The famous Corinth Canal, which separates the Peloponnese from mainland Greece, connects the Gulf of Corinth with the Saronic Gulf. The Corinth Canal, though only completed in the late 19th century, was an idea and dream that’s dates back over 2000 thousand years.
The strip of land that connects the Peloponnese and mainland Greece is called the “Isthmus”. At it’s narrowest point, it is only 4 miles wide, and in ancient times, one could see from one side to the other.
This place is not exactly in athens -but on the journey from athens ty the port of Paras
The Corinth Canal cuts across an isthmus between Loutraki and Korinthos on the coast road almost directly west of Athens. The cut for the canal is deep in solid rock. There are several bridges across the canal. You can stop on either side and walk out on well protected sidewalks on the bridge. The view is spectacular. Just past the bridge there is a restaurant and gift shop with a nice sized parking lot. For the real adventurer it is possible to bungee jump into the chasm (no thank you!)
You will pass by this place if you take the Argolis tour or are travelling south-west of Athens to Epidavros.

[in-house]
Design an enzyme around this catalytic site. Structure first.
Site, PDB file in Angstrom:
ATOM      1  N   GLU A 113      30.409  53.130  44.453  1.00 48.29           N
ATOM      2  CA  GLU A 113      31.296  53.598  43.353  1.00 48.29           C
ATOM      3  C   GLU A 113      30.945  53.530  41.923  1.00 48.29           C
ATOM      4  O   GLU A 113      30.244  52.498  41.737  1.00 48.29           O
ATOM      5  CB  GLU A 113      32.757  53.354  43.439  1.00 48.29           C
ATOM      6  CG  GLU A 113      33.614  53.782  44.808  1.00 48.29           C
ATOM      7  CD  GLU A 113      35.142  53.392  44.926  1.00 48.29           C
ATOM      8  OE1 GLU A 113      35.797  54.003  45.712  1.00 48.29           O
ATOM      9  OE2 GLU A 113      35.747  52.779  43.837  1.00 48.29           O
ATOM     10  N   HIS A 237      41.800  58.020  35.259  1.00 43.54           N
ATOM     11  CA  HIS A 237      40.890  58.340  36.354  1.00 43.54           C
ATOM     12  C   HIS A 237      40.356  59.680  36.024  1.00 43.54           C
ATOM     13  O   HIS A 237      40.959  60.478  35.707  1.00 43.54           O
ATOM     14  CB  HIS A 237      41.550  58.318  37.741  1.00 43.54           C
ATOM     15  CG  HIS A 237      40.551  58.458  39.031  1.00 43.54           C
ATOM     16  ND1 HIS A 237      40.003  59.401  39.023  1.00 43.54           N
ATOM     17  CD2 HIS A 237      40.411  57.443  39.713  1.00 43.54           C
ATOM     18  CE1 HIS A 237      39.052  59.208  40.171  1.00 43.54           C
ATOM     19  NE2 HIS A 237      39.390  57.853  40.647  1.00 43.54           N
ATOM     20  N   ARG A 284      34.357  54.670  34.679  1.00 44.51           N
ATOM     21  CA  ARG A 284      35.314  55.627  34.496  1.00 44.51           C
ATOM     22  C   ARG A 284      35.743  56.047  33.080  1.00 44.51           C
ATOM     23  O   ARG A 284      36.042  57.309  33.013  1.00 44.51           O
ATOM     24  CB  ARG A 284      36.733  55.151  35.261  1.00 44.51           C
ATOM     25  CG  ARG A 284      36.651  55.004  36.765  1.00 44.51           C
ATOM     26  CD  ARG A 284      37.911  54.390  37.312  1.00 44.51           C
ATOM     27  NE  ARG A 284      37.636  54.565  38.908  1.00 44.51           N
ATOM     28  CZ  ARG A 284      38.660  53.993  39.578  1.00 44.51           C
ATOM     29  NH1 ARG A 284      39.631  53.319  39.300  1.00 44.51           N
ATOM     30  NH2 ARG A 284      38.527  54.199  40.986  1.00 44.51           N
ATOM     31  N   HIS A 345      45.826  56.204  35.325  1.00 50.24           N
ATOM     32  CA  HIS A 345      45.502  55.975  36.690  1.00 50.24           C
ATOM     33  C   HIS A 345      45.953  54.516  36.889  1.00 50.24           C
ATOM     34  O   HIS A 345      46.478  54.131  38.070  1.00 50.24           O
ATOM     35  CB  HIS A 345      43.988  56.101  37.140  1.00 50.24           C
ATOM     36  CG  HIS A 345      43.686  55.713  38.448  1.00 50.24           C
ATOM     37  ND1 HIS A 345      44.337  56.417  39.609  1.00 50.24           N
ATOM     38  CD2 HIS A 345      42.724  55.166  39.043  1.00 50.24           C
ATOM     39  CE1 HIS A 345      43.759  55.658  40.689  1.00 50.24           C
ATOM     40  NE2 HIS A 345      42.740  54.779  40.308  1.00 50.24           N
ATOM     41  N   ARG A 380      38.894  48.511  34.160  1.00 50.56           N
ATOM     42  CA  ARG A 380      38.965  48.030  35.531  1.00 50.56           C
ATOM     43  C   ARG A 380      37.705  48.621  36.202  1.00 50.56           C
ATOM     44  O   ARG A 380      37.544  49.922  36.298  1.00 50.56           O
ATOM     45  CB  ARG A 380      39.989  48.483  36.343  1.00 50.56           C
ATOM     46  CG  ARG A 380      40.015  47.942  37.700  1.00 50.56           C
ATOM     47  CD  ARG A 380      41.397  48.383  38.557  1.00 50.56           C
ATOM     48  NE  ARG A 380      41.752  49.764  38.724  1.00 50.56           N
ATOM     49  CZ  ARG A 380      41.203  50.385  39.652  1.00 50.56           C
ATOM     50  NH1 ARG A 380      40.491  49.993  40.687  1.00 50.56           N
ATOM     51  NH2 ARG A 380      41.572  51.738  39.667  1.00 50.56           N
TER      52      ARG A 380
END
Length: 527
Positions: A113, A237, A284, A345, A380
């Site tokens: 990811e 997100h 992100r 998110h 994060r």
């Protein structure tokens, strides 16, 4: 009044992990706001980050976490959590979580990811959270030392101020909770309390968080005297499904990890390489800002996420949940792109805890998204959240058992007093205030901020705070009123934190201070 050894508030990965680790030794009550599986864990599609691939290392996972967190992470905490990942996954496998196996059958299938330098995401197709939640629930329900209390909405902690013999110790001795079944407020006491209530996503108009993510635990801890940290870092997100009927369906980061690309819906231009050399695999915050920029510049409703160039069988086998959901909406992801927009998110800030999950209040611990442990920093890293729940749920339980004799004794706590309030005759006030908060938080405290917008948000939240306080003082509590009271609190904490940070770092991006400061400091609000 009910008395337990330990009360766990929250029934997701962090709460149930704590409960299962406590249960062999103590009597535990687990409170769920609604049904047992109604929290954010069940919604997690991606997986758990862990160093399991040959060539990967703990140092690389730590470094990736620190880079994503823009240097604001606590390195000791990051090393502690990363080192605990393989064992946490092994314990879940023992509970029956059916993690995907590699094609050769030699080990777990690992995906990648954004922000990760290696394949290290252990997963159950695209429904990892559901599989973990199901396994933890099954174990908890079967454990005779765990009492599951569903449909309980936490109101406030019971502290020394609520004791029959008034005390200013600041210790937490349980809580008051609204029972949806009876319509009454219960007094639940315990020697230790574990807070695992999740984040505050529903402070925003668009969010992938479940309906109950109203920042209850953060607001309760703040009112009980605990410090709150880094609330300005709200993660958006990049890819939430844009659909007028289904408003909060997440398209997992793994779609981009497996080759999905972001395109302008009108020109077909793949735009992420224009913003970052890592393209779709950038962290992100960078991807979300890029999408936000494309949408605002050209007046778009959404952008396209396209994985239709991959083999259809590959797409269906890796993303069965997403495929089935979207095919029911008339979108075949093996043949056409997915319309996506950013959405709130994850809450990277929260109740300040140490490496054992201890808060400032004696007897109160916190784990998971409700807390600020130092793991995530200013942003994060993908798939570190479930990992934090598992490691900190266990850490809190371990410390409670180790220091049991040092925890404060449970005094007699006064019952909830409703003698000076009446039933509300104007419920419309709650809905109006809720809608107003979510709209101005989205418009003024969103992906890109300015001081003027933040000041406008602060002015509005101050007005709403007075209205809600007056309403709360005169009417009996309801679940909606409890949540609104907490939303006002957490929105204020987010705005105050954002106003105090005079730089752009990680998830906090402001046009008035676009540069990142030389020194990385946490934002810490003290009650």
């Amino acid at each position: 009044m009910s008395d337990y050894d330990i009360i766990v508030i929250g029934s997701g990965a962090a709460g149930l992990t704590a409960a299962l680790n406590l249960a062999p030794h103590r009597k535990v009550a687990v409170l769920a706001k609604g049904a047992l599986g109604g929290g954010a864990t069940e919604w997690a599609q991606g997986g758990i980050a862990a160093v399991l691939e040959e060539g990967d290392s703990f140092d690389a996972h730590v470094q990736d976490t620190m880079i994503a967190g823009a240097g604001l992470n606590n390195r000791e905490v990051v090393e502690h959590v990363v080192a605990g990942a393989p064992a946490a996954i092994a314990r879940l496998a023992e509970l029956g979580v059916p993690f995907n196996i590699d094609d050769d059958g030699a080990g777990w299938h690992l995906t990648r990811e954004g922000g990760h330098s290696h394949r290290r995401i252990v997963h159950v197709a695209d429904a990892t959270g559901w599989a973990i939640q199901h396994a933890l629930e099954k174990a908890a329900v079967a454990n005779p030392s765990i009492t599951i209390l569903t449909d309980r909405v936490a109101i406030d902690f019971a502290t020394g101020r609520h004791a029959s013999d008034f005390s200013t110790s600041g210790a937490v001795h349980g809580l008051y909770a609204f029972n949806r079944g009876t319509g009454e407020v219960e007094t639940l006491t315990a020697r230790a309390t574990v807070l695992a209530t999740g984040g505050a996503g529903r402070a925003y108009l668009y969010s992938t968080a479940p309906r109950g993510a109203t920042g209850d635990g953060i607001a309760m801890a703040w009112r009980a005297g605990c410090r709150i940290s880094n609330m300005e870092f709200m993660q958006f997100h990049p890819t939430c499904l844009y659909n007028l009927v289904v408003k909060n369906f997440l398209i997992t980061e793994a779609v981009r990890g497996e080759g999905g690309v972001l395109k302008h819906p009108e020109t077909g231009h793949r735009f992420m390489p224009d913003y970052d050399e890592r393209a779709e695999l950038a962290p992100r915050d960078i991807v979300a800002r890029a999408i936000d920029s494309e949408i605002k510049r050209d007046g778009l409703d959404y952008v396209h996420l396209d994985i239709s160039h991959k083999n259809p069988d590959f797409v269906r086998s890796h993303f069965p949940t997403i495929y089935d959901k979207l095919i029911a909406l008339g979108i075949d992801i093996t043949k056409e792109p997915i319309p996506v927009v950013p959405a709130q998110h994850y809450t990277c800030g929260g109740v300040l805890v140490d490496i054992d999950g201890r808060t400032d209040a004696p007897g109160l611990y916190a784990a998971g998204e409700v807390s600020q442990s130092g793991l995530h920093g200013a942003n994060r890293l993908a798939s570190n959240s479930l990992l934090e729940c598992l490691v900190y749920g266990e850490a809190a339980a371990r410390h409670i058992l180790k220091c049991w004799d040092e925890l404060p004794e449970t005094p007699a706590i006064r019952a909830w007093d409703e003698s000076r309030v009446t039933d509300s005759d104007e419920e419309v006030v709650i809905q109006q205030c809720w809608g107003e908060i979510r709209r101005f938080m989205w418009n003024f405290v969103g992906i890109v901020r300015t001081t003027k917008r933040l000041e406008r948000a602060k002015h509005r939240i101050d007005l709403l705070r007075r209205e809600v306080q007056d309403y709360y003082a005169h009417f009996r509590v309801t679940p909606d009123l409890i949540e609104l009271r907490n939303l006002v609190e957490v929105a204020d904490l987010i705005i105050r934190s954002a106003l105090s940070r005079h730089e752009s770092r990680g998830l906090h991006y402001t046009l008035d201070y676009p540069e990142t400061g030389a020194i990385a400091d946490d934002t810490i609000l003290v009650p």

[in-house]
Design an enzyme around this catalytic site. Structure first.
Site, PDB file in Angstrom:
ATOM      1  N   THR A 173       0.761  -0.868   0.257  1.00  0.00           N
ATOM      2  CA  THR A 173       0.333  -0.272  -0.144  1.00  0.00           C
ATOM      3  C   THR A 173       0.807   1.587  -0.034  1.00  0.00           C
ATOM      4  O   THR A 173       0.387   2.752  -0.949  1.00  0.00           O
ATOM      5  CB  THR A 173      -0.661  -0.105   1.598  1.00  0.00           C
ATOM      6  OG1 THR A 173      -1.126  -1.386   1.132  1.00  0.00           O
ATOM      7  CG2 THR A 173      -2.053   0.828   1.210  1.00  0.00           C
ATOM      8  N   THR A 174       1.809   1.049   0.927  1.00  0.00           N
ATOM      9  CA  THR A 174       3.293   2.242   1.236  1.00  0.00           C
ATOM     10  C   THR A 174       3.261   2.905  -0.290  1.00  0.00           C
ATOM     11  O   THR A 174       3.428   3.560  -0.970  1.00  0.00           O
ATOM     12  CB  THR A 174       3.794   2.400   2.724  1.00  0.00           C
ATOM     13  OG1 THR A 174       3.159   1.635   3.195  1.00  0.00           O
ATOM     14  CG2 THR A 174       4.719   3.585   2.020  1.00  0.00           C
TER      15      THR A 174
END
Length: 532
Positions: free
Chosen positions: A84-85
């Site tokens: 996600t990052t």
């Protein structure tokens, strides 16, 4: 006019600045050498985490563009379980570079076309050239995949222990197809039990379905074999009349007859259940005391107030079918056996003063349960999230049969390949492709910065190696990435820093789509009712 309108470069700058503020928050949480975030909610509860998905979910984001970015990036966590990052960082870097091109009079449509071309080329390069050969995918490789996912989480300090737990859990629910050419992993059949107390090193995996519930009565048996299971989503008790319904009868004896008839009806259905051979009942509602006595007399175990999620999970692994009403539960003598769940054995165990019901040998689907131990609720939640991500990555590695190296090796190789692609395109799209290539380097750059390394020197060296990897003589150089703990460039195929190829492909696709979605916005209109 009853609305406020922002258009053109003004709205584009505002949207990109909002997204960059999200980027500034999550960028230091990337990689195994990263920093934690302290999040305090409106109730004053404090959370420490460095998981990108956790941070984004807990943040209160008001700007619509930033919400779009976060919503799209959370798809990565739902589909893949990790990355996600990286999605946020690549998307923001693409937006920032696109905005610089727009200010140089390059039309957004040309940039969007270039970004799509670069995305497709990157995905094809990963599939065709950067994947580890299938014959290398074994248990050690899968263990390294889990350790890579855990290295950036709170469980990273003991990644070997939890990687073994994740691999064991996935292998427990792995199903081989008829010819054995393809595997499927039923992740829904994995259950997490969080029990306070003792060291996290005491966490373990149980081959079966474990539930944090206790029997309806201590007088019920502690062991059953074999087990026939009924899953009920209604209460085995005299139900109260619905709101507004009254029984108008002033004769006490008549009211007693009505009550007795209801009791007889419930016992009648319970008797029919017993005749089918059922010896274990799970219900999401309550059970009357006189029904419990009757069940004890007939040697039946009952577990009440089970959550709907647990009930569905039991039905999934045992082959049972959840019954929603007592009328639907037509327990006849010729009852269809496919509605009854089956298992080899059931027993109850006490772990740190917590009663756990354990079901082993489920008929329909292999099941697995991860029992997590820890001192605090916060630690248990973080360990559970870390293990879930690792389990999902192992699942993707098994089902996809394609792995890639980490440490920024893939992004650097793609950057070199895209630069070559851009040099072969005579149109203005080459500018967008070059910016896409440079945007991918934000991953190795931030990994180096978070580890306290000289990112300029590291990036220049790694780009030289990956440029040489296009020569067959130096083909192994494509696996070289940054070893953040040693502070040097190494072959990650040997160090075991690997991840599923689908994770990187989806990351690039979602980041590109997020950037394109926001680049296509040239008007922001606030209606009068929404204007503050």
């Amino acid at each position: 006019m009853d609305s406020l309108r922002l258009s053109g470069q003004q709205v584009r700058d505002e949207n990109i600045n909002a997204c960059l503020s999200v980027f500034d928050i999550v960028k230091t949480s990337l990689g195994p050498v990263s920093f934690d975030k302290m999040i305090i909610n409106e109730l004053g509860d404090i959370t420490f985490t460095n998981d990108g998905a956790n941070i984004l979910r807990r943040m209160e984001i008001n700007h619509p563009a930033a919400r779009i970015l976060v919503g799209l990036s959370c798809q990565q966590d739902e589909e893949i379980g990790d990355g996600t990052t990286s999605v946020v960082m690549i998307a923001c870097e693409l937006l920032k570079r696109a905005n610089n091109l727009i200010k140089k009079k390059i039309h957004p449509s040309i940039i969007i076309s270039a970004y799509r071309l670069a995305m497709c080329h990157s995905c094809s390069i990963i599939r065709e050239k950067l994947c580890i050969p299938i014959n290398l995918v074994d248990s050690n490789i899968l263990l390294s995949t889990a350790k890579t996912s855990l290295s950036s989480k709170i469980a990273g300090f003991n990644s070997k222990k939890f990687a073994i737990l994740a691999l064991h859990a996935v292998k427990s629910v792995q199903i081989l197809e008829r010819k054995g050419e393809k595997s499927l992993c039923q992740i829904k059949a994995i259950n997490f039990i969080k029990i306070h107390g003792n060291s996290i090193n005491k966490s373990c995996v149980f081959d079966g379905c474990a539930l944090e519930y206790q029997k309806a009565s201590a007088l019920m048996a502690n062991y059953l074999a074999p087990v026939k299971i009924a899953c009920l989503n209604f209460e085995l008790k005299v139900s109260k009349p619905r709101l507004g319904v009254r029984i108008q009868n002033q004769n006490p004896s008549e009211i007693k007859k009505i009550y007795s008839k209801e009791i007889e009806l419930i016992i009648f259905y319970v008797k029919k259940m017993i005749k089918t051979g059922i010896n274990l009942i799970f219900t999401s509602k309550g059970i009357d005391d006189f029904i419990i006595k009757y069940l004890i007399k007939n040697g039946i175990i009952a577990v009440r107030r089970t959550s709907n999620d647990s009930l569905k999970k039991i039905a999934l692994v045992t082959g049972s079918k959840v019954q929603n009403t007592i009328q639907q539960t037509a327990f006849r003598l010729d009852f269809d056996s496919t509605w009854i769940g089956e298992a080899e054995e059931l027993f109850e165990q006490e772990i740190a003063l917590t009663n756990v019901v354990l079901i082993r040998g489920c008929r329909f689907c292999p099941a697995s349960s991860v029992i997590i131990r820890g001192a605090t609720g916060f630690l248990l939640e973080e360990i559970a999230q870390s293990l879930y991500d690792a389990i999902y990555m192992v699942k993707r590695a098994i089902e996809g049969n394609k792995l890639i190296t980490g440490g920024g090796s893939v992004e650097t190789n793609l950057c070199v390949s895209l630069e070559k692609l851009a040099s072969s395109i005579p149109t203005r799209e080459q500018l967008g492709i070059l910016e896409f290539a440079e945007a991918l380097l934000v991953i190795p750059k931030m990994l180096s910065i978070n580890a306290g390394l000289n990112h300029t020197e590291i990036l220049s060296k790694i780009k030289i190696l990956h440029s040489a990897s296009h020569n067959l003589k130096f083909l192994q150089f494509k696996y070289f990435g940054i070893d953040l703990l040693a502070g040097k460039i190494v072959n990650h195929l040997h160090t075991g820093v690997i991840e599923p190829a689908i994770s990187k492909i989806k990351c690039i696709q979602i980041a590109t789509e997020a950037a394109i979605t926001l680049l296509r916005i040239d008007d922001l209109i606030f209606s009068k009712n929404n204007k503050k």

The Corinth Canal links the Aegean and the Adriatic seas. Its approx 6 km long and has a water depth of about 8 m. Its around 25 m wide at the water surface.
Before it was built, ships sailing between the Aegean and Adriatic had to travel about 400 odd kms extra.
Unfortunately, modern day freighters can't pass through this canal. You can actually take a cruise tour through this canal - I couldn't do it for lack of time.
Here's a view from the top. If you suffer from vertigo, its better to avoid looking down from the bridge :-)
There's a small cafe where almost everyone stops to grab a bite or drink Greek coffee. There's a souvenier shop next door too.
Stop at Corinths Canal on the way back from Mycenae to Athens.
Fascinating work.. How they just cut through a thin strip of land so ships don't have to travel all the way round the cape. Very amazing coz the sides of the canal are Vertical!